From my perspective, financial freedom is the solution to the myriad of problems being faced in Parkside, throughout Detroit and in other struggling urban communities of color. I dream of the day when cash advance venues are replaced with coffee shops where entrepreneurs of all races can work on the next big idea together. I want to see places that currently represent desolation in Black communities become destinations in the near future and I am actively taking steps to achieve that dream. I just purchased my first property last year. Now, in partnership with my company, Century Partners, I’m on target to have some form of ownership or control of nearly 500 properties in Detroit by the end of the year. This is no coincidence. I deeply understand the value of ownership and I want to begin making some of the rules that will help Black communities thrive. This is part of my legacy.
Investing For Change
Further steps toward fulfilling financial independence in Black communities include financial literacy, improved access to education, more sustainable jobs with benefits and heightened opportunities for ownership and investment. One initiative that I’m working on right now through Century Partners is raising a real estate private equity fund that pools money from investors to purchase, rehab and rent/sell properties in Detroit’s neighborhoods that are on the cusp of revitalization. Our work to date has resulted in over 60 units of housing being restored in Detroit and raising the bar in residential real estate standards in the three neighborhoods where we have focused our efforts.
We are breathing new life into predominantly Black neighborhoods by rehabilitating beautiful vintage buildings that have been sitting vacant for years in many cases. Having raised over $3.5 million in the past three years, Century Partners is poised to have a transformative effect on city neighborhoods while providing investors with double-digit annualized returns. We are helping our investors do well financially while also doing the good work of helping to rebuild the socio-economic fabric of the city – block by block and house by house. The long-time Detroit homeowners who have remained committed to their neighborhoods are now finally starting to see their property values climb again in the areas where we have invested. Our work is creating value for existing property owners, our local contractors, our tenants and for those who are investing with us directly.
We recently partnered with an innovative impact investment platform called Rabble to raise an additional $550,000. What’s exciting about this partnership with Rabble is the opportunity to open our fund to non-accredited investors. That means that anyone can get involved in what we’re doing and earn strong returns on their investment for as little as $100. Prior to Rabble, our minimum investment was $10,000. In effect, Rabble is making impact investing accessible to all, including residents of the neighborhoods in which we work.
Beyond Wealth Creation
Enabling people of color to access capital and create stable housing situations for their families is a pinnacle feature of the American Dream. My team is working to not only transform homes and neighborhoods, but also to bridge the wealth gap that exists and to empower communities of color to gather the resources needed to solve their own problems. Moving forward, we as a society need to focus more deliberately on breaking cycles that necessitate financial dependence in the first place.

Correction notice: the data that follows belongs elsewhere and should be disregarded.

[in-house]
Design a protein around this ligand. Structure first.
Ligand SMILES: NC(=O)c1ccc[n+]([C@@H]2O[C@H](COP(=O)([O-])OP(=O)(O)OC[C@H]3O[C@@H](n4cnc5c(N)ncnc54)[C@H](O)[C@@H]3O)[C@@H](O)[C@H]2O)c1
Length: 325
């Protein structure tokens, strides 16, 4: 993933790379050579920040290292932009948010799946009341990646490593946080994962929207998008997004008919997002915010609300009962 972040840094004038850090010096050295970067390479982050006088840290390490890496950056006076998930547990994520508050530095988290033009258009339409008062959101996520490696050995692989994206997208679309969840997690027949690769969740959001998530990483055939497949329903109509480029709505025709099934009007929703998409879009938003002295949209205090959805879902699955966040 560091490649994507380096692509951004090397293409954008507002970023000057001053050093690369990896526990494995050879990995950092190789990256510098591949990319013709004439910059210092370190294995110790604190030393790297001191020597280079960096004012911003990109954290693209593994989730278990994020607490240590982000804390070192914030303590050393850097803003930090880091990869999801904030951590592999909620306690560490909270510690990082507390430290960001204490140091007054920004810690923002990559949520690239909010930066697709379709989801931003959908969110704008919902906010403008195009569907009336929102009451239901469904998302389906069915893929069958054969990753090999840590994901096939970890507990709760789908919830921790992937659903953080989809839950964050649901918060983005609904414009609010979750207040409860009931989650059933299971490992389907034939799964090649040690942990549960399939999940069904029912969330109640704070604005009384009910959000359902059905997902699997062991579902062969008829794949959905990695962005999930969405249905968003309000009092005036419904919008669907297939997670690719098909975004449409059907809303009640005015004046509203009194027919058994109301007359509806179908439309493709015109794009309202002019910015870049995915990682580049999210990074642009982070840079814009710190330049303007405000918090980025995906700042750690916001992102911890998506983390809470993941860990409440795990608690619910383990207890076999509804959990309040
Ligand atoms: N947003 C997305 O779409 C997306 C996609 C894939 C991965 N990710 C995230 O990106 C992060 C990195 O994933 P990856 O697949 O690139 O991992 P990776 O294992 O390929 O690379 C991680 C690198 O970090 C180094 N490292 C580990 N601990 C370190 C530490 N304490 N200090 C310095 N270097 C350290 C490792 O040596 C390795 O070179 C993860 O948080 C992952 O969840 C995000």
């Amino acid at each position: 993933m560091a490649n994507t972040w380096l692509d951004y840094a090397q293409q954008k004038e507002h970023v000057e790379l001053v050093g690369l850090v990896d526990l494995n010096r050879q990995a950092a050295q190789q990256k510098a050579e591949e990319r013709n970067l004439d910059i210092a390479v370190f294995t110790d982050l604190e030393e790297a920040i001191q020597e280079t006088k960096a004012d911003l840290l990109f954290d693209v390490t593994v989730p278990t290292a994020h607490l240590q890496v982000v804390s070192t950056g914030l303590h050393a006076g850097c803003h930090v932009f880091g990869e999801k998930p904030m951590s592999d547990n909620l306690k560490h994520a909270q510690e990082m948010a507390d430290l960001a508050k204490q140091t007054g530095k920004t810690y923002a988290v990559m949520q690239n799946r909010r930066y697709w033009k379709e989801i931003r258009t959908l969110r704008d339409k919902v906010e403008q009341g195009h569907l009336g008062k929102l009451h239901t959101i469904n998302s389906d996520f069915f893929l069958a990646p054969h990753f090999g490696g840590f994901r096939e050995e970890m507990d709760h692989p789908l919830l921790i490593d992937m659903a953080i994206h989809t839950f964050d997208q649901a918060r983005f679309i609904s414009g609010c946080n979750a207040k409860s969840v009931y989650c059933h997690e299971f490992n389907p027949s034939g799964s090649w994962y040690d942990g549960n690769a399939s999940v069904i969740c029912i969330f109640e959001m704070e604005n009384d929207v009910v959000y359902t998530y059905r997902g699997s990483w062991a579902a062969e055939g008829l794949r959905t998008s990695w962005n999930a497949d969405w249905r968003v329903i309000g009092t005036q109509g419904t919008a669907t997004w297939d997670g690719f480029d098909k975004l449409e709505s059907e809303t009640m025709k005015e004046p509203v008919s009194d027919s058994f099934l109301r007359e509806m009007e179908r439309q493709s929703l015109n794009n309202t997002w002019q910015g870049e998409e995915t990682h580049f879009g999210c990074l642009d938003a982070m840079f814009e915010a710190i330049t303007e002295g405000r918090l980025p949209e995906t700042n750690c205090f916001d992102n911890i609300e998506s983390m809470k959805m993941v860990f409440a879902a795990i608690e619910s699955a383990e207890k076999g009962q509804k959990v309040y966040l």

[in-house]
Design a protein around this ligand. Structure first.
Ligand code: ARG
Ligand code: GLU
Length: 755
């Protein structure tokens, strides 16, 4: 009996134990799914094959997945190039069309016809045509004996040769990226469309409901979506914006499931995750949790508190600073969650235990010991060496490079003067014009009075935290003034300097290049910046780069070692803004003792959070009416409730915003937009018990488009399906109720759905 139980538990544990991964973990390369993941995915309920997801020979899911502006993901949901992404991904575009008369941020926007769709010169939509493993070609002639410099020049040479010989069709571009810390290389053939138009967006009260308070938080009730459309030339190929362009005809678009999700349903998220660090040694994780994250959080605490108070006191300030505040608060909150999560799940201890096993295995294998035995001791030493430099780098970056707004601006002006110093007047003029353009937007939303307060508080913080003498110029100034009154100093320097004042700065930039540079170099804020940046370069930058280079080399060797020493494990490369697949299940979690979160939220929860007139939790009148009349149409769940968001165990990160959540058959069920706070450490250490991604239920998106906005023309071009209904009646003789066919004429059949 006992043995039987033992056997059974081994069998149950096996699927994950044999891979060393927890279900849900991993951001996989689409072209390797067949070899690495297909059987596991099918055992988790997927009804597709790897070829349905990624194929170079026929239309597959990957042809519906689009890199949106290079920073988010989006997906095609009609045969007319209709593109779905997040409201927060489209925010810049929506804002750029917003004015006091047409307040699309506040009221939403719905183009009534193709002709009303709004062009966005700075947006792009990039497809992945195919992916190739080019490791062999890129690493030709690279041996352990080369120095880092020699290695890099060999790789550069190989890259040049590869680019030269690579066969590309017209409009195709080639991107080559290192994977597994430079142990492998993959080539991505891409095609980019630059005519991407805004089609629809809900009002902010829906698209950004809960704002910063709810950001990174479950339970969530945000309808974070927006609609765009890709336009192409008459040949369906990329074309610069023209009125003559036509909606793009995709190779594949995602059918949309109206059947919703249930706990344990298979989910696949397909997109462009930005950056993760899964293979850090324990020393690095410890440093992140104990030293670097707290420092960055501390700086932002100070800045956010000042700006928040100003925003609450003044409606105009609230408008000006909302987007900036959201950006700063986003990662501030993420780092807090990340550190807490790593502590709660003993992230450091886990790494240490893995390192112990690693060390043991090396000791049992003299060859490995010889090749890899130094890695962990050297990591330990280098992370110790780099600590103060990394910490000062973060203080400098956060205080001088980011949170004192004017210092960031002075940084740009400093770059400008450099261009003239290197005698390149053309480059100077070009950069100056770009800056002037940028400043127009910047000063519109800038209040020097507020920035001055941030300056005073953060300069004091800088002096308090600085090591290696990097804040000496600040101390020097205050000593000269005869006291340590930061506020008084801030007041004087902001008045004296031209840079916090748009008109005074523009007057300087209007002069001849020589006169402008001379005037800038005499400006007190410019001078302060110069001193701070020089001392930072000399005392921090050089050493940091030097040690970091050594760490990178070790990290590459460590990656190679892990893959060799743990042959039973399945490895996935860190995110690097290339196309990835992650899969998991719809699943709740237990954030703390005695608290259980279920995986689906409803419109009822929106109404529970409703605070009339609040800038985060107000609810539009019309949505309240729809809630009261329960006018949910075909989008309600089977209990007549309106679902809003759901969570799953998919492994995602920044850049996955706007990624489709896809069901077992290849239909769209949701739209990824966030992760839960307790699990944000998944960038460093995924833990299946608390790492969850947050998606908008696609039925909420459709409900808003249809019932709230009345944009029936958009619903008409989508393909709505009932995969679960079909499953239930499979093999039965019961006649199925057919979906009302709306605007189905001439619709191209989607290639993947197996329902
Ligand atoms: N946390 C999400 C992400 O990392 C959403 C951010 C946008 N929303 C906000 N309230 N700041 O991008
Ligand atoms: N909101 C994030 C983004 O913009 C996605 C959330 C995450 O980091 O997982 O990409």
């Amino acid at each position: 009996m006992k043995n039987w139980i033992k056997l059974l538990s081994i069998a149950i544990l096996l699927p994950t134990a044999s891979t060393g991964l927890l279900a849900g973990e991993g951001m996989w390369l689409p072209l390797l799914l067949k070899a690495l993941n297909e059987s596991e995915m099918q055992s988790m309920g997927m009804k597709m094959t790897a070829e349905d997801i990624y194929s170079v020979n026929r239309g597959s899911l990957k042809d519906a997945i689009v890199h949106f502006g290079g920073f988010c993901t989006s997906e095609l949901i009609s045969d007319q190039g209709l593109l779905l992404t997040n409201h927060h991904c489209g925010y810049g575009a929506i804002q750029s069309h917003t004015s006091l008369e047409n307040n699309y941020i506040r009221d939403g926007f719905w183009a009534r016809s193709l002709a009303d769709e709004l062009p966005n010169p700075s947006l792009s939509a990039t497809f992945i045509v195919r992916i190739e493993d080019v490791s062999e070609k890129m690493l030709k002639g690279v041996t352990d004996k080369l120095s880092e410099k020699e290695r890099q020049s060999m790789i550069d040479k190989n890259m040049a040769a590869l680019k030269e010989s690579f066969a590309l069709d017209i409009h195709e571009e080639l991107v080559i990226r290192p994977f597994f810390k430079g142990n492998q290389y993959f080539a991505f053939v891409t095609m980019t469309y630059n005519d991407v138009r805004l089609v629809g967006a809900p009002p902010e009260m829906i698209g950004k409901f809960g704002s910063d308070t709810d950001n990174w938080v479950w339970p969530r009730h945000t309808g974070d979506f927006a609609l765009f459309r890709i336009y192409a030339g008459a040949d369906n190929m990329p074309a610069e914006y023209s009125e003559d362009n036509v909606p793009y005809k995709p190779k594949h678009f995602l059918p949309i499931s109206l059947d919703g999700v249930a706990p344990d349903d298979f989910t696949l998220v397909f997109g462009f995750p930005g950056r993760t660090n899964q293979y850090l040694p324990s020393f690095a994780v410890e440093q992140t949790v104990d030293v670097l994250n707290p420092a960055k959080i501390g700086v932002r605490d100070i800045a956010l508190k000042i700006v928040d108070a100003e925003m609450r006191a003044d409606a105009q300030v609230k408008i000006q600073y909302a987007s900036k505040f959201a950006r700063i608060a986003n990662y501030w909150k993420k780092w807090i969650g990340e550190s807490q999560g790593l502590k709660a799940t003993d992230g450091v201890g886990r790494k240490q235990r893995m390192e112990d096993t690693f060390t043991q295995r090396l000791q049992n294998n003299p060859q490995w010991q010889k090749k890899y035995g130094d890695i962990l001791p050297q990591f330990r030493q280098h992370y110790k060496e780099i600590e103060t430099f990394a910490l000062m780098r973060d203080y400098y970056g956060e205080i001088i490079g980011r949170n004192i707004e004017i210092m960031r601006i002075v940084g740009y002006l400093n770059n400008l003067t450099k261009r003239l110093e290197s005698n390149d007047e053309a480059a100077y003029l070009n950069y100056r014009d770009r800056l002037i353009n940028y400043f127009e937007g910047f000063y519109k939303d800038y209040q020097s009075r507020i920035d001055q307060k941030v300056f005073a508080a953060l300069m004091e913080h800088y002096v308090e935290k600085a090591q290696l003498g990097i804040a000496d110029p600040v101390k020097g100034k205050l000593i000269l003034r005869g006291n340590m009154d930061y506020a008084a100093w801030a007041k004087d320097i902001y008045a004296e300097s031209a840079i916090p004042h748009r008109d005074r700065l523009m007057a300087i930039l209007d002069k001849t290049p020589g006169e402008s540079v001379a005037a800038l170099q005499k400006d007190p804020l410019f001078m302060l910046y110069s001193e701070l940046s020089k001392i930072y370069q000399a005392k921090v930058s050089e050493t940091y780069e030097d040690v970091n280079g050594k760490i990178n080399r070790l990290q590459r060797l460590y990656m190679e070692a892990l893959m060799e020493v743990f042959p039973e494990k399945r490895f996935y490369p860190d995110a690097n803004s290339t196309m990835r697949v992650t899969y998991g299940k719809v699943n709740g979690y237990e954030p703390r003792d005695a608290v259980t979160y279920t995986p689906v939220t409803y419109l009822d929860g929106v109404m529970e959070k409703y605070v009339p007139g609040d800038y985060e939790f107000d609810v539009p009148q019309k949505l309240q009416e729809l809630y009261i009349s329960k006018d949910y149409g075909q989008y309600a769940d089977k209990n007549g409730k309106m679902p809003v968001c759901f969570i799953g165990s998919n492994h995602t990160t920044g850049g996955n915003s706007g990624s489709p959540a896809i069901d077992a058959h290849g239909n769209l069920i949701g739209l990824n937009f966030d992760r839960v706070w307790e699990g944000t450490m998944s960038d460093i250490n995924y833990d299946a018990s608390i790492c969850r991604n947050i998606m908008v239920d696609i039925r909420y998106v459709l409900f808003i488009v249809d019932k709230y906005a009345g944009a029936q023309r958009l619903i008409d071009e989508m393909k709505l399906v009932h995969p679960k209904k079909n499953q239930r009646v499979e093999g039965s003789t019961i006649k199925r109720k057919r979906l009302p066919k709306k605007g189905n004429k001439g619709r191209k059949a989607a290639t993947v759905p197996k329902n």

My challenge to you, regardless of your color or station in life, is to work towards helping more people in disadvantaged situations obtain the gold. Not everyone will be able to (or even want to) gain control over a lot of assets, but if all American families can begin to access financing and purchase just their own homes, that small act can change the direction of the future for generations to come. Black families in particular must consciously bias themselves toward wealth creation because the wealth gap is real and it must be addressed to resolve the “bad” neighborhood problem that is so closely associated with Black communities. Cities are only as strong as their weakest neighborhoods.
Shouldn’t we want to do unto other people’s neighborhoods as we would have them do unto our own? This is our collective challenge. Let’s all invest in designing and building a better future for everyone.
Kimberly Dowdell is a Detroit-based architect, developer and educator. She is licensed to practice architecture in New York, where she obtained her Bachelor of Architecture at Cornell. Her early career in D.C. and NYC cultivated her skills in architecture, marketing and real estate project management. In 2014, Kimberly was awarded a Sheila C. Johnson Leadership fellowship to obtain a Master of Public Administration from Harvard. She leveraged that opportunity to return to her hometown of Detroit in 2015 where she now teaches at the University of Michigan and transforms neighborhoods as a partner with Century Partners. Kimberly was recognized among the Public Interest Design 100 in 2012.
To learn more about what Century Partners is up to, read their latest blog post of a renovation project here.